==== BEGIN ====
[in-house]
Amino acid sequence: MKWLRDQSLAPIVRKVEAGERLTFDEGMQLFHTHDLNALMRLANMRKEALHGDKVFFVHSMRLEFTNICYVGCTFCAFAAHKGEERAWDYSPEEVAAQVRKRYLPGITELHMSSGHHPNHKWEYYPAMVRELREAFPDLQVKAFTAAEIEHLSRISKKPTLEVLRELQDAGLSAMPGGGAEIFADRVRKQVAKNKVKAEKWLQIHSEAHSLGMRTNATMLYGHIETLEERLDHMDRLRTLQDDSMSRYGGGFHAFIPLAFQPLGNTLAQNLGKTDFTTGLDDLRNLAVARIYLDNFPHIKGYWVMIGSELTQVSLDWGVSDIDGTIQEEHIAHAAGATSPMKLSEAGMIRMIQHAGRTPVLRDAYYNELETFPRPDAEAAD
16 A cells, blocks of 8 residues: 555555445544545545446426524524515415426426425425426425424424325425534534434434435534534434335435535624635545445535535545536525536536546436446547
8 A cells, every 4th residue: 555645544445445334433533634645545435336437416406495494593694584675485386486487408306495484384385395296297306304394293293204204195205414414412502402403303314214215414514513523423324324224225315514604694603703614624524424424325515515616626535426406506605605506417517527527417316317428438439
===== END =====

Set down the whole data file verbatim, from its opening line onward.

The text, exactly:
[in-house]
Amino acid sequence: MKWLRDQSLAPIVRKVEAGERLTFDEGMQLFHTHDLNALMRLANMRKEALHGDKVFFVHSMRLEFTNICYVGCTFCAFAAHKGEERAWDYSPEEVAAQVRKRYLPGITELHMSSGHHPNHKWEYYPAMVRELREAFPDLQVKAFTAAEIEHLSRISKKPTLEVLRELQDAGLSAMPGGGAEIFADRVRKQVAKNKVKAEKWLQIHSEAHSLGMRTNATMLYGHIETLEERLDHMDRLRTLQDDSMSRYGGGFHAFIPLAFQPLGNTLAQNLGKTDFTTGLDDLRNLAVARIYLDNFPHIKGYWVMIGSELTQVSLDWGVSDIDGTIQEEHIAHAAGATSPMKLSEAGMIRMIQHAGRTPVLRDAYYNELETFPRPDAEAAD
16 A cells, blocks of 8 residues: 555555445544545545446426524524515415426426425425426425424424325425534534434434435534534434335435535624635545445535535545536525536536546436446547
8 A cells, every 4th residue: 555645544445445334433533634645545435336437416406495494593694584675485386486487408306495484384385395296297306304394293293204204195205414414412502402403303314214215414514513523423324324224225315514604694603703614624524424424325515515616626535426406506605605506417517527527417316317428438439